(June 21, 2021, 1:23 PM EDT) — Newfoundland and Labrador’s Court of Appeal has granted an appeal by the Province of Newfoundland and Labrador from the certification of a proposed class action against it, arising from flooding of the Churchill River in May of 2017 (Chiasson v. Nalcor Energy 2021 NLCA 34 ). The flooding, which required emergency evacuation and caused damage to properties in the impacted area of Mud Lake, was alleged to be caused by the impact of construction of the Muskrat Falls hydroelectric generating project on the Churchill River.
Two defendants were named in the proposed class action filed on Nov. 23, 2017 on behalf of a proposed class of residents: Nalcor Energy, a Crown corporation and an agent of the Crown, and the province of Newfoundland and Labrador.
The lower court certified the proposed class action against both the province and Nalcor on the basis of negligence and nuisance (Chiasson v. Nalcor Energy 2019 NLSC 133). The defendants each sought leave to appeal certification on several grounds and were granted it on a narrow issue: whether the pleadings disclosed a cause of action against them (Newfoundland & Labrador v. Chiasson 2020 NLCA 28).
Nalcor was unsuccessful in its appeal of certification on the basis of nuisance, and the class action will proceed ahead against it on both causes of action.
With respect to the province, the Court of Appeal accepted the province’s arguments that the pleadings failed to disclose causes of action against it either nuisance or negligence.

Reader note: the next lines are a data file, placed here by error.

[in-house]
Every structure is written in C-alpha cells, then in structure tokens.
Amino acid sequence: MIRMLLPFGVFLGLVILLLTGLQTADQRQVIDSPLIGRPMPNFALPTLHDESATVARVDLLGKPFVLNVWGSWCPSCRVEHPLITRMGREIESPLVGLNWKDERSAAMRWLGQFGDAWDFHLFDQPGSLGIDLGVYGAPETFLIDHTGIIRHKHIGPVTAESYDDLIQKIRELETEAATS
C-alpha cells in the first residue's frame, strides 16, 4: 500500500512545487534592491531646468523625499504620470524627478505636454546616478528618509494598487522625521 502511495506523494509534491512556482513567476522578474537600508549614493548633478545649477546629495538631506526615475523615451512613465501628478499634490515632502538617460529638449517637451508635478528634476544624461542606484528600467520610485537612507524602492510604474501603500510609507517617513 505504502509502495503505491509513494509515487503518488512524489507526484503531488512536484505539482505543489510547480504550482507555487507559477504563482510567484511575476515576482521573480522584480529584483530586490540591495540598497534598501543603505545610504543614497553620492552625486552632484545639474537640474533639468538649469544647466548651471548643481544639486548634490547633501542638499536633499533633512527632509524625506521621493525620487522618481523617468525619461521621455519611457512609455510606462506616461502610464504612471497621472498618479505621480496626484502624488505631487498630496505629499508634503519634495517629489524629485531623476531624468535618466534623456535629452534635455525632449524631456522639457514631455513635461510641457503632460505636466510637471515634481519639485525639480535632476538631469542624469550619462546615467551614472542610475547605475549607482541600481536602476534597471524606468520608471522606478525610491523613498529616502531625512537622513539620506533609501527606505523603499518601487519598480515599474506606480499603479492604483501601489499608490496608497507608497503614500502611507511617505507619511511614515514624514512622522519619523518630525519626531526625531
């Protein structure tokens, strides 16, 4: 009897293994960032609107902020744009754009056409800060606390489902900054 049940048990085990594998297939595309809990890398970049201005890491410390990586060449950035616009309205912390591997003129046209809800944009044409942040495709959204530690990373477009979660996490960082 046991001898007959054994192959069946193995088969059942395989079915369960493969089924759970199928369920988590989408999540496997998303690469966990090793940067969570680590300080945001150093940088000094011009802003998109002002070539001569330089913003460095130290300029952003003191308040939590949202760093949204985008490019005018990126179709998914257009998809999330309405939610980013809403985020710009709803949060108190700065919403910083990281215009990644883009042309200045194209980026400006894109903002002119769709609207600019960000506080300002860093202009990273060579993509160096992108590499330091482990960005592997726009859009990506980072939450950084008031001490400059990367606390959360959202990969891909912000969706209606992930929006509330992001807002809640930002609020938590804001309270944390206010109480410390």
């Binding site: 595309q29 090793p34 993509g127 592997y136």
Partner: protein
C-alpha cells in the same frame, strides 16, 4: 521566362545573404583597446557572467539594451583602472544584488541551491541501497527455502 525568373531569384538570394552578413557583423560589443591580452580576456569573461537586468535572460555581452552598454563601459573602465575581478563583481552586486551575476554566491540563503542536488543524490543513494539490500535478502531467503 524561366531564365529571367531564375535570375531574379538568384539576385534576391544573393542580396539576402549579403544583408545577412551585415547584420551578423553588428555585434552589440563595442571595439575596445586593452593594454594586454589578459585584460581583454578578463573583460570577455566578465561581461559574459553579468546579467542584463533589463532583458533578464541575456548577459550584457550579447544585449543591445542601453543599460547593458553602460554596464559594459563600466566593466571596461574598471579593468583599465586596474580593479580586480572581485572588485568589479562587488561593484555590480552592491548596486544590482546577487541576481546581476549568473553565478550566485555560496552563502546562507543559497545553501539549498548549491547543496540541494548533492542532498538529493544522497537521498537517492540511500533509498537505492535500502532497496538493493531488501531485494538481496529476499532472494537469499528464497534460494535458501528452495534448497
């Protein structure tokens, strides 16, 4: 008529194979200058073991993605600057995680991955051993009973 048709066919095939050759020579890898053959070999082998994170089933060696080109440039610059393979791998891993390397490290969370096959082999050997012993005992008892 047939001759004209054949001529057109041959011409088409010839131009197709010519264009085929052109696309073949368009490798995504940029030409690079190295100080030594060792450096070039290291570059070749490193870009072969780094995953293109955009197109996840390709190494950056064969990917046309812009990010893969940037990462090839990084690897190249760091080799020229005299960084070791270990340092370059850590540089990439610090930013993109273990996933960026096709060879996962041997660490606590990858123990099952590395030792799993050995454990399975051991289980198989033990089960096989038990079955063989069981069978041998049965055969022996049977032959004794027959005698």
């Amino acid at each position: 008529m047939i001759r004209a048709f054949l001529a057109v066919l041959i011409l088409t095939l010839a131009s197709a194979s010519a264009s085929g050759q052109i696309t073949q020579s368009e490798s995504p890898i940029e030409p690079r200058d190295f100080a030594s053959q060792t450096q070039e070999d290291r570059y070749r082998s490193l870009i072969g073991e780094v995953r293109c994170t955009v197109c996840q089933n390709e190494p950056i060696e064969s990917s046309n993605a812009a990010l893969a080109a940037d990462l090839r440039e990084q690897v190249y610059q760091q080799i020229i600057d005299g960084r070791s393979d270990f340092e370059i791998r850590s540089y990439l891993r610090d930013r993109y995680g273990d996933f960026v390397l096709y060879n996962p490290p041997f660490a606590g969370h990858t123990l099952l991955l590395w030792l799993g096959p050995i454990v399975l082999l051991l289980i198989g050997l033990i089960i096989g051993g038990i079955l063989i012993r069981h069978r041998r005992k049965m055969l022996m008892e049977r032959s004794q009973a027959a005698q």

The question of liability in negligence of a government entity entails the two-part Anns/Cooper test from Cooper v. Hobart 2001 SCC 79. At the first stage, the question is whether the circumstances disclose reasonably foreseeable harm and proximity sufficient to establish a prima facie duty of care. If there is a prima facie duty of care recognized on the basis of proximity and reasonable foreseeability, the analysis advances to the second stage, where the question is whether there are residual policy considerations that may negate the imposition of a duty of care, such as the claim impugning “core policy” decisions or raising the spectre of indeterminate liability. The Anns/Cooper test has been said to engage delicate determinations, and accordingly, in the context of a pleadings analysis where the question is whether it is plain and obvious from the pleadings alone that there is no reasonable prospect of success, courts have often reasoned that it is best left to be answered in full at trial, where relevant evidence of the potential political, economic and social factors can be considered.
The Court of Appeal in Chiasson did not adopt that reasoning. The court concluded that there was a lack of proximity at the first stage of the Anns/Cooper test. It then reasoned that, even if proximity had been found at stage one, at the second stage, residual policy considerations would negate a duty of care. To support its conclusion, it highlighted that Nalcor was responsible under the applicable legislation for constructing, maintaining and operating the waterworks for which a permit had been granted. The reasons in Chiasson fail to identify what type of residual policy consideration would be engaged at stage two to negate a prima facie duty of care. The decision makes no note of any “economic, social or political factors” apparent from the pleadings, so as to truly render this a “core policy” decision.